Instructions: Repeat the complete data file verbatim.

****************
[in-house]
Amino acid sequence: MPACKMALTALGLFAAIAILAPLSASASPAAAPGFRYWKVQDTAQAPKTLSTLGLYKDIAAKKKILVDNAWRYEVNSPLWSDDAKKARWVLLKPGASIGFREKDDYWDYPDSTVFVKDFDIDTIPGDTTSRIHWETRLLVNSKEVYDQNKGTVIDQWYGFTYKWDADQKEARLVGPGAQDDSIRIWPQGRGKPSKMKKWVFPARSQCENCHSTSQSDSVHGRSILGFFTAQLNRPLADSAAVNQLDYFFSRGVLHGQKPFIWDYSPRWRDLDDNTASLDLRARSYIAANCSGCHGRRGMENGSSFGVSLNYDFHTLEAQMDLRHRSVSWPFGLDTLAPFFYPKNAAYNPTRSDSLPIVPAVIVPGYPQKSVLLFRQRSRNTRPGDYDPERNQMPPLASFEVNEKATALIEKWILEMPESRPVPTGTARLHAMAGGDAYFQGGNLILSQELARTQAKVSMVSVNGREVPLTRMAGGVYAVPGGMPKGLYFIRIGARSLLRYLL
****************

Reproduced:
[in-house]
Amino acid sequence: MPACKMALTALGLFAAIAILAPLSASASPAAAPGFRYWKVQDTAQAPKTLSTLGLYKDIAAKKKILVDNAWRYEVNSPLWSDDAKKARWVLLKPGASIGFREKDDYWDYPDSTVFVKDFDIDTIPGDTTSRIHWETRLLVNSKEVYDQNKGTVIDQWYGFTYKWDADQKEARLVGPGAQDDSIRIWPQGRGKPSKMKKWVFPARSQCENCHSTSQSDSVHGRSILGFFTAQLNRPLADSAAVNQLDYFFSRGVLHGQKPFIWDYSPRWRDLDDNTASLDLRARSYIAANCSGCHGRRGMENGSSFGVSLNYDFHTLEAQMDLRHRSVSWPFGLDTLAPFFYPKNAAYNPTRSDSLPIVPAVIVPGYPQKSVLLFRQRSRNTRPGDYDPERNQMPPLASFEVNEKATALIEKWILEMPESRPVPTGTARLHAMAGGDAYFQGGNLILSQELARTQAKVSMVSVNGREVPLTRMAGGVYAVPGGMPKGLYFIRIGARSLLRYLL